Sir John Falstaff is accompanied now by a page, a diminutive fellow sent by Prince Hal, possibly as a visual joke in his physical contrast when accompanying Falstaff. The page reports that the doctor's assessment of Falstaff is poor, based on an examination of urine. (Whoa! Look how far medical science has come!) Throughout this play we find an emphasis on illness (Wells 147), sickness afflicting both individuals and the nation itself (Wells 148). At the doctor's reported attempt at humor, Falstaff remarks on his self-aware role as a comic inspiration or humor magnet: "I am not only witty in myself, but the cause that wit is in other men" (I.ii.9-10). The page also reports Falstaff's credit not being honored, and that Bardolph is going to buy Falstaff a horse. The Lord Chief Justice, who had no qualms about sending the Prince to do jail time at one point and whose ears the Prince has boxed, has summoned Falstaff to appear. Falstaff feigns deafness (I.ii.66, 117) -- a defense against Rumor? -- but the Justice is persistent. Falstaff tries diverting the discussion by touting his own military importance, pretending concern about the Justice's health and the King's (I.ii.95, 107), and issuing an insincere moralistic and platitudinous heap of rhetoric (I.ii.165ff). The Lord Chief Justice scolds Falstaff for misleading the Prince; Falstaff should be acting his age. But Falstaff claims he must join the King's forces against the remaining northern rebels. The Justice wishes him well, and Falstaff hits him up for a thousand pounds (I.ii.223; cf. I.ii.193).

The attention to the sum of a thousand pounds, as it appears so often in other plays too, brings to mind the Earl of Oxford's annuity, granted by the notoriously stingy Queen with no explanation given and in wording identical to the formula for the granting of secret service money. More than coincidentally, the vicar of Stratford Parish in Warwickshire, the Reverend John Ward, reported in his 1661-63 diary the local rumor that Shakespeare had "supplied the stage with two plays every year and for that had an allowance so large that he spent at the rate of £1000 a year, as I have heard." Hank Whittemore points out that Shakspere's Stratford cash estate amounted to no more than £350, and that the remuneration here is oddly called an "allowance" rather than an "income" ["A Year in the Life: 1586." Shakespeare Matters 2.4 (Summer 2003): 29-30].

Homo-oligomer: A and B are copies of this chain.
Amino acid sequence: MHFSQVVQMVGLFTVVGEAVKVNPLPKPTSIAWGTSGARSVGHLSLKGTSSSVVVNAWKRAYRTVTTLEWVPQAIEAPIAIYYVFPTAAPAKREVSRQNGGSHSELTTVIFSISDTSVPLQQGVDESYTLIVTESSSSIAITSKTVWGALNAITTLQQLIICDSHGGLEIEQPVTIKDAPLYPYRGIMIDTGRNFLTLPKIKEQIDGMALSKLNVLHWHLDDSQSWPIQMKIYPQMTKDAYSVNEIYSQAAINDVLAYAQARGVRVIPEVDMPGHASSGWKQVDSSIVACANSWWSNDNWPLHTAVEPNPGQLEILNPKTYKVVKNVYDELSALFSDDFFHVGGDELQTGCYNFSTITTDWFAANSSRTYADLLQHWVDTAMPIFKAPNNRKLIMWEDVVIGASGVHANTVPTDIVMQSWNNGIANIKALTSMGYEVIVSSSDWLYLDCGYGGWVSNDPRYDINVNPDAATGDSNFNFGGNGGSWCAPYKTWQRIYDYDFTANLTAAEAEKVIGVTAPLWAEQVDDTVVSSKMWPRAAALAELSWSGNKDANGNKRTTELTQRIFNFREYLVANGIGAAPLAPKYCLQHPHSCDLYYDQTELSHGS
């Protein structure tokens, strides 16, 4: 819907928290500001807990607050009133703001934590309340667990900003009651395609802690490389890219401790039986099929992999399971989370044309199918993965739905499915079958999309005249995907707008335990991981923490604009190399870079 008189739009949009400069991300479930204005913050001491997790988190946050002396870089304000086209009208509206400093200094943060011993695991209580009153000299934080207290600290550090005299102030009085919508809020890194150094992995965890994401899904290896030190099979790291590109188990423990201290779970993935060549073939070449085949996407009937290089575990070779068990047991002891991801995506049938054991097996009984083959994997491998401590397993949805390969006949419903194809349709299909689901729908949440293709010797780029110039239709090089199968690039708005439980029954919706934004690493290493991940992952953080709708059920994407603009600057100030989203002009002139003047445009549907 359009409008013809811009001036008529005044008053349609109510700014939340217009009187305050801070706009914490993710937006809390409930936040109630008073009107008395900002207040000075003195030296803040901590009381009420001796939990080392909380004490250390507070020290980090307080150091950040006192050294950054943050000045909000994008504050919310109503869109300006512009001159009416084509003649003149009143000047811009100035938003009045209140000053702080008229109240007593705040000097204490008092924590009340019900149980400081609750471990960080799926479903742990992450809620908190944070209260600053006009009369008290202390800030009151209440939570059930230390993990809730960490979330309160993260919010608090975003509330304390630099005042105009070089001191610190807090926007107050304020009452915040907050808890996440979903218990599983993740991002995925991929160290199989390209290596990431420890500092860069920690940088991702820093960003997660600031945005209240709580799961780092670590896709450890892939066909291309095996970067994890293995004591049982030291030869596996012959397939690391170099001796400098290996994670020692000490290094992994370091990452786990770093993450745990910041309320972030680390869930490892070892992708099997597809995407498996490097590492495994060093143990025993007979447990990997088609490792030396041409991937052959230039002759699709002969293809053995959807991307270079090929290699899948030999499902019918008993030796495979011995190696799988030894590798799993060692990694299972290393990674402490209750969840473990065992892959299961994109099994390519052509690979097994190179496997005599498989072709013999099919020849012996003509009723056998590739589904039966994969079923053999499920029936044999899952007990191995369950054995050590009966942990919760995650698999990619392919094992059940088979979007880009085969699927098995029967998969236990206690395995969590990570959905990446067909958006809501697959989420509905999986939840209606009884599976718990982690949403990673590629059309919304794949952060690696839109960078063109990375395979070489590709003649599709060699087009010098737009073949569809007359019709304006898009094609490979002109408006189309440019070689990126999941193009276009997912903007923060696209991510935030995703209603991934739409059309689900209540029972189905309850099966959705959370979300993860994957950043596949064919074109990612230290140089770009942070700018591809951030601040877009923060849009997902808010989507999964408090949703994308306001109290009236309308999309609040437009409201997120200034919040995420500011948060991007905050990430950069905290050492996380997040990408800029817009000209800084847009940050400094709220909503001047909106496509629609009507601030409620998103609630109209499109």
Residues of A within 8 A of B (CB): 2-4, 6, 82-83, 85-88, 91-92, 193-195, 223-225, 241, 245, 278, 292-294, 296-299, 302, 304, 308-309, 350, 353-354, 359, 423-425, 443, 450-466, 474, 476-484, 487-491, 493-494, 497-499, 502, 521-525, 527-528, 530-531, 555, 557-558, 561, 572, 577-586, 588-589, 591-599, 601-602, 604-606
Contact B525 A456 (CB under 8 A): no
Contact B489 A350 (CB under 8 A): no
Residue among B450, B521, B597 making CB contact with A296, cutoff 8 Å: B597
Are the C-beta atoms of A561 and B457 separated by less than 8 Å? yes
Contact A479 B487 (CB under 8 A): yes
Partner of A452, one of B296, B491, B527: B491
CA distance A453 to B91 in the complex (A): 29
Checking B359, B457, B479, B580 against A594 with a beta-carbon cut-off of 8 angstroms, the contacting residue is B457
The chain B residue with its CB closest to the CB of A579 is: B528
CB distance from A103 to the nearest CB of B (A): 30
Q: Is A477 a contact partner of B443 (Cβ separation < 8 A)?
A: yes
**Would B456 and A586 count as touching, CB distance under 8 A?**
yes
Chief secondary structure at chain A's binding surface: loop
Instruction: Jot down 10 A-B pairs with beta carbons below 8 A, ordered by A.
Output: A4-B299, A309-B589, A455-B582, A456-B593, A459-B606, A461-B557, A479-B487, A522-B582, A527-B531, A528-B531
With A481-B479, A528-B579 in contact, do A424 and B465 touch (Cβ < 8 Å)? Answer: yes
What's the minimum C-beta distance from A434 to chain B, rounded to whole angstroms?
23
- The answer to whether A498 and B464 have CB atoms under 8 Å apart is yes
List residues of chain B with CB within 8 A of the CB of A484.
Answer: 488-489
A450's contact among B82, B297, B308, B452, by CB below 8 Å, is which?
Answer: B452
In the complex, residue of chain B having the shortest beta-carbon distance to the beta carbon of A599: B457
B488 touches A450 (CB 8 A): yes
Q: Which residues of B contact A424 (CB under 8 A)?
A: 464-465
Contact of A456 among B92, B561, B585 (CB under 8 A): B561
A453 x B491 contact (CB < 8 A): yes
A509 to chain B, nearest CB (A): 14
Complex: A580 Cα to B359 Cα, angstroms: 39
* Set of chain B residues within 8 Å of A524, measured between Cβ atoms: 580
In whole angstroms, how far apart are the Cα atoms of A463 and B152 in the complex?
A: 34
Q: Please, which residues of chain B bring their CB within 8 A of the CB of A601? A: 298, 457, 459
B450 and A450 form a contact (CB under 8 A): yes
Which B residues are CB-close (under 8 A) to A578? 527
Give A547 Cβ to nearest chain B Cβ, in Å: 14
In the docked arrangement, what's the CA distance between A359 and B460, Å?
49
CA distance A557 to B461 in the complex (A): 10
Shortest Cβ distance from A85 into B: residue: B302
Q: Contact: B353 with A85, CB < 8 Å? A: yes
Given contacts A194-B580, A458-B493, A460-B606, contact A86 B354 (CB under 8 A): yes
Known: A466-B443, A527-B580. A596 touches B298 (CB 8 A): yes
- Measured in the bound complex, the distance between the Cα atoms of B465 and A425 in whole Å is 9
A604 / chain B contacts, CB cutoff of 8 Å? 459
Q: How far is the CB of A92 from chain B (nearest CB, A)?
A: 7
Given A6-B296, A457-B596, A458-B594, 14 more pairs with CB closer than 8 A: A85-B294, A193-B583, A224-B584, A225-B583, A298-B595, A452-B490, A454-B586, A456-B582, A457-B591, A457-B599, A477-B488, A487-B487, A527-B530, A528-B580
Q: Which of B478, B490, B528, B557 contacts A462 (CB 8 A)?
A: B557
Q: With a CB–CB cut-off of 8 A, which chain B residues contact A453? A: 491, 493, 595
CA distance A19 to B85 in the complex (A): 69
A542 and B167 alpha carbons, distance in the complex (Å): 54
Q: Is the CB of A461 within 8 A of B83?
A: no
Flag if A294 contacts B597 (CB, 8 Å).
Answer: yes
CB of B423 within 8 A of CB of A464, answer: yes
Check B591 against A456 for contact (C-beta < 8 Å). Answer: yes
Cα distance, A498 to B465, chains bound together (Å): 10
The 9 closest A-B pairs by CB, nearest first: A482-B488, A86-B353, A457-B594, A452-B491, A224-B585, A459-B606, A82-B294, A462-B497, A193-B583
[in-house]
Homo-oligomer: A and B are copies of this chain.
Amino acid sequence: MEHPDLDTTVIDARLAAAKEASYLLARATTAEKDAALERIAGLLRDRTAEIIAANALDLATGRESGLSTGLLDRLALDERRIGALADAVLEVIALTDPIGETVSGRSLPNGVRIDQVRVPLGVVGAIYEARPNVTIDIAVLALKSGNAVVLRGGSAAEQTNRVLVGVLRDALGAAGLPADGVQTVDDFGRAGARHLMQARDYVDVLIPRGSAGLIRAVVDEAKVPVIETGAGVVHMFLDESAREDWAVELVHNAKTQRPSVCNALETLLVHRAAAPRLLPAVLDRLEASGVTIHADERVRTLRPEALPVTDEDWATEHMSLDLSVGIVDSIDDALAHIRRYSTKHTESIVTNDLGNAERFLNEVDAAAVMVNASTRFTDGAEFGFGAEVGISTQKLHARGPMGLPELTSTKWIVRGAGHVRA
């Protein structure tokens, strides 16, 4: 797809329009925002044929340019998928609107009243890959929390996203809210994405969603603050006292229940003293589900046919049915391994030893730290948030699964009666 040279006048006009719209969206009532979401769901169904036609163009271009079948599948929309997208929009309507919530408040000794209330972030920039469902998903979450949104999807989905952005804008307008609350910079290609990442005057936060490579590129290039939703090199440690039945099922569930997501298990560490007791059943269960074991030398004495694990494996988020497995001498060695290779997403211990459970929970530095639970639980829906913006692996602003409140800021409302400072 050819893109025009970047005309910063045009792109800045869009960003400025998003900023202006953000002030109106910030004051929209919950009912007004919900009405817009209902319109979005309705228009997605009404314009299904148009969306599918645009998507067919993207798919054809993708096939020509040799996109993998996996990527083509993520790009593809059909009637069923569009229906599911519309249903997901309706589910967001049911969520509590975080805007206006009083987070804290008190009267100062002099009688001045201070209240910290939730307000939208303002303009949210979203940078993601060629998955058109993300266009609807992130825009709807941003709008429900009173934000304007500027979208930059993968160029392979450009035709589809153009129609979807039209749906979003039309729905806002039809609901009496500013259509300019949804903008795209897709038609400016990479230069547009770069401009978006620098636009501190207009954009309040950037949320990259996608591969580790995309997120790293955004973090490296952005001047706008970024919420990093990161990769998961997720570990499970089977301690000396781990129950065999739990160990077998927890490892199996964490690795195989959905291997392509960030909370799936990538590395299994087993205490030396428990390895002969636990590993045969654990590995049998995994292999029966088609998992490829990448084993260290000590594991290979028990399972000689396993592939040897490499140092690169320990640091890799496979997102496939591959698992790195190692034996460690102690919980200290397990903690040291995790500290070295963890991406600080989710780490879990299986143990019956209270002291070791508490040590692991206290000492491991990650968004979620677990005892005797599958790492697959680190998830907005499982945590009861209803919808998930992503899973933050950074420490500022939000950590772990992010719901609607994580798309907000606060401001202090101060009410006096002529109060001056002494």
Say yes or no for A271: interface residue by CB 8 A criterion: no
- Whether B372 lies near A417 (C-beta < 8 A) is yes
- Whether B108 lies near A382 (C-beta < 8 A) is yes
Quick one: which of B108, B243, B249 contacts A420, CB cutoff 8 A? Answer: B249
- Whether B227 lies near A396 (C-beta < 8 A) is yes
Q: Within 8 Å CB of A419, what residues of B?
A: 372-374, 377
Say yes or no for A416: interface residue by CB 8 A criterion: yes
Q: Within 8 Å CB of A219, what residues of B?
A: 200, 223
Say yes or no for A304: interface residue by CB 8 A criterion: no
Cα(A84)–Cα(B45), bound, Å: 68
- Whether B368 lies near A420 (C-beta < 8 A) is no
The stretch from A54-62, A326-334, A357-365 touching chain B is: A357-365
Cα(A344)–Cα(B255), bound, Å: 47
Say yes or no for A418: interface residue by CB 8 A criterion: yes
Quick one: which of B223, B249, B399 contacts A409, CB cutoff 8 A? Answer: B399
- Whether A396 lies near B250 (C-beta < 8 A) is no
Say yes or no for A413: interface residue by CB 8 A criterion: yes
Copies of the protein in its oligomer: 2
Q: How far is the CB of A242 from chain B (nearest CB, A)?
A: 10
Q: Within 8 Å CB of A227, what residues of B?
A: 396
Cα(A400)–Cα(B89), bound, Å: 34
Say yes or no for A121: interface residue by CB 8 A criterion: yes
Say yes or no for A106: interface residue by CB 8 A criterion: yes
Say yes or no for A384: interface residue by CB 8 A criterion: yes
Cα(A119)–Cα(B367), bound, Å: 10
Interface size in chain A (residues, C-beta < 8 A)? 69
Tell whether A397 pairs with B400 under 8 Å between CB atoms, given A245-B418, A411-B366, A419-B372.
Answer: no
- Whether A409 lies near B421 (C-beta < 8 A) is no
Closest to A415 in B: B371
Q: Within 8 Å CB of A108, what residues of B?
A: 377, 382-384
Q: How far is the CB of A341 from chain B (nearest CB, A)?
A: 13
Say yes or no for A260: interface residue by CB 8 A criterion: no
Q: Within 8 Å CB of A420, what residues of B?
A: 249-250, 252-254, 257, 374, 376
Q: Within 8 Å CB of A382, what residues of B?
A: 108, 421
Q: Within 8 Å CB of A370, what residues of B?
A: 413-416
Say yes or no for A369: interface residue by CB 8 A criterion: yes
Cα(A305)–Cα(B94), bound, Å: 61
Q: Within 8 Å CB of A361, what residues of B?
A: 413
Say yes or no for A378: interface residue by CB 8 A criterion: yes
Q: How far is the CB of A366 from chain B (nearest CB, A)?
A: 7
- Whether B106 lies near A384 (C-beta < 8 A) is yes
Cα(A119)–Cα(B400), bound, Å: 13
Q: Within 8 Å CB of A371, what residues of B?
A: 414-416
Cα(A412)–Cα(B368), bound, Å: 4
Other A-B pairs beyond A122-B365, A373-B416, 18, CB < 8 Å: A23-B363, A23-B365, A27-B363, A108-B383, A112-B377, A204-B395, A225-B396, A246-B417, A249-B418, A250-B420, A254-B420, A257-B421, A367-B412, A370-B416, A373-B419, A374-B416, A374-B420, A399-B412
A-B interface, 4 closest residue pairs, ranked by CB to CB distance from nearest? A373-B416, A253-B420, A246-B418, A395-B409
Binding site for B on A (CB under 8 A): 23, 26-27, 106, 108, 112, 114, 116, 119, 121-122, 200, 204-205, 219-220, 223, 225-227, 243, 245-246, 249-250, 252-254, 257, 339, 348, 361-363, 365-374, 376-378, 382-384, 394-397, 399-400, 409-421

Bemoaning his empty purse as another kind of disease or "consumption" (I.ii.236), Falstaff gives his page letters to be delivered to Hal, Prince John, and an old Mistress Ursula to whom he is vaguely engaged. Plagued by gout, Falstaff remains optimistic about his own irresponsibility: "A good wit will make use of any thing. I will turn diseases to commodity" (I.ii.247-248). Though fighting against rebel forces, Falstaff is a rebel himself -- against seriousness and pious authority.

Hal is allowed only one scene in Part 2 "on anything like the old terms" (Asimov 387). The Lord Chief Justice tale is apocryphal, emerging in about 1531 (Asimov 388). Sir Nicholas Dawtry was on the scene again in the mid-1580s, and some Oxfordians detect a caricature of him in Falstaff, and in Sir Tophas in Lyly's Endymion (Clark 738). Falstaff's "new-healed wound" alludes to Dawtry's received in 1584 (Clark 739). And Dawtry was a prolific letter-writer; hence the page being sent with several to deliver (Clark 739). But the elder Ogburns detect a depiction of the gouty, resourceful, but unprincipled Burghley (Ogburn and Ogburn 717). And, as always, Oxford inhabits all his characters. It is thought he had gained some weight when he was in his early 40s (Ogburn and Ogburn 930).


The Archbishop of York, Mowbray, Lord Hastings, and Lord Bardolph hold a council of war. The key question is Northumberland's support -- they don't want to end up short on troops as Hotspur did, fatally. Hastings thinks they're okay: Henry faces trouble from Glendower in Wales, from the French, from the north, and besides, his treasury is depleted. So was Elizabeth's in the mid-1580s: "Her generosity with Alençon, and her expenditure on the fleet and troops that accompanied him to Antwerp, had depleted her store materially, and the campaigns in Ireland and Scotland had been costly" (Clark 737). The Archbishop calls for a list of grievances against Henry's misrule to be written up.

If Northumberland still represents Philip of Spain, he did rage in about 1586 about English comedies at his expense, hence the "injuries" (I.iii.13-14) here (Ogburn and Ogburn 723).

We witness another derogatory railing against the fickle common people, from the Archbishop here:

The commonwealth is sick of their own choice,
Their over-greedy love hath surfeited.
An habitation giddy and unsure
Hath he that buildeth on the vulgar heart.
O thou fond many, with what loud applause
Didst thou beat heaven with blessing Bullingbrook
Before he was what thou wouldst have him be!
And being now trimm'd in thine own desires,
Thou, beastly feeder, art so full of him,
That thou provok'st thyself to cast him up.
So, so, thou common dog, didst thou disgorge
Thy glutton bosom of the royal Richard,
And now thou wouldst eat thy dead vomit up,
And howl'st to find it. What trust is in these times?
They that, when Richard liv'd, would have him die,
Are now become enamor'd on his grave.
Thou, that threw'st dust upon his goodly head
When through proud London he came sighing on
After th' admired heels of Bullingbrook,
Cri'st now, "O earth, yield us that king again,
And take thou this!" O thoughts of men accurs'd!
Past and to come seems best; things present worst.

Act II